On display are many renowned samples that are chosen from among the Museum’s more than 100,000 pieces. Included among these are the Patricia Emerald, a 632 carat (126 g), 12 sided stone that is considered to be one of the world’s most fabulous emeralds. It was discovered during the 1920s in a mine high in the Colombian Andes and was named for the mine-owner’s daughter. The Patricia is one of the few large gem-quality emeralds that remains uncut. Also on display is the 563 carat (113 g) Star of India, the largest, and most famous, star sapphire in the world. It was discovered over 300 years ago in Sri Lanka, most likely in the sands of ancient river beds from where star sapphires continue to be found today. It was donated to the Museum by the financier J.P. Morgan. The thin, radiant, six pointed star, or asterism, is created by incoming light that reflects from needle-like crystals of the mineral rutile which are found within the sapphire. The Star of India is polished into the shape of a cabochon, or dome, to enhance the star’s beauty. Among other notable specimens on display are a 596 pound (270 kg) topaz, a 4.5 ton specimen of blue azurite/malachite ore that was found in the Copper Queen Mine in Bisbee, Arizona at the start of the 20th century; and a rare, 100 carat (20 g) orange-colored padparadschan sapphire from Sri Lanka, considered “the mother of all pads.” The collection also includes the Midnight Star Ruby, a 116.75-carat deep purplish-red star ruby.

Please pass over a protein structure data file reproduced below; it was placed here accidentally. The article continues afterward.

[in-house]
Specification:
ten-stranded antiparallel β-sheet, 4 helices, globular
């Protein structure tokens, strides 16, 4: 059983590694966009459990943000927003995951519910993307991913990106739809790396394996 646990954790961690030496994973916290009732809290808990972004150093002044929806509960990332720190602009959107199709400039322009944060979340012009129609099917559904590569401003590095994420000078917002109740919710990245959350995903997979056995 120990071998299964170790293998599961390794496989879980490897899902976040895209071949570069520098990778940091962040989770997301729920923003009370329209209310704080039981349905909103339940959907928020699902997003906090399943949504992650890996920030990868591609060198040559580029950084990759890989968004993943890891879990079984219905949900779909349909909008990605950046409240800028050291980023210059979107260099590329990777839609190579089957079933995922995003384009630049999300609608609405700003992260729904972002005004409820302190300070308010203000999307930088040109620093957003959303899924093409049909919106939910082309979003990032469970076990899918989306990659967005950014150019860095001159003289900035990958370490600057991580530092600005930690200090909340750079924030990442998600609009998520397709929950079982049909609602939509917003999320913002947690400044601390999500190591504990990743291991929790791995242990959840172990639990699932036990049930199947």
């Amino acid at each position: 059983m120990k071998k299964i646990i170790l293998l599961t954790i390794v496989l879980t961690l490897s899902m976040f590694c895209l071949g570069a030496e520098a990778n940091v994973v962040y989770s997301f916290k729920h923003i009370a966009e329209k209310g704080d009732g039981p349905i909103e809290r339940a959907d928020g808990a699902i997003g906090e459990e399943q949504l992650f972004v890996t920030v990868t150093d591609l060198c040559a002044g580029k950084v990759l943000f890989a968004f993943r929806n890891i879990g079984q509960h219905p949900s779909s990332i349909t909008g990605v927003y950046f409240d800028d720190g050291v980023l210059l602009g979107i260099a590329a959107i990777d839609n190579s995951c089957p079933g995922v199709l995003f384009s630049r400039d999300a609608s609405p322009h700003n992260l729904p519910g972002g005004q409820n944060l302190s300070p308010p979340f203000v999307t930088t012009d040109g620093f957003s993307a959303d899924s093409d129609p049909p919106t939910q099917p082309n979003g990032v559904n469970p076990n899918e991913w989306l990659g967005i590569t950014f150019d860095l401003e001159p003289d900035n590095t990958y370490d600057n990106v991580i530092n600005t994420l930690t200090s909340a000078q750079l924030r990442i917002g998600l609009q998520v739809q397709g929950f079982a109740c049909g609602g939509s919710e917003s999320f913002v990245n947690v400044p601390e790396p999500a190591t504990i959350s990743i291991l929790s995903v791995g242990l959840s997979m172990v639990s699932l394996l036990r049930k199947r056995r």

On October 29, 1964, the Star of India, along with several other precious gems including the Eagle Diamond and the de Long Ruby, was stolen from the Museum. The burglars, who included Jack Murphy, gained entrance by climbing through a bathroom window they had unlocked hours before the Museum was closed. The Star of India and other gems were later recovered from a locker in a Miami bus station, but the Eagle Diamond was never found; it may have been recut or lost.
Assorted faceted and polished minerals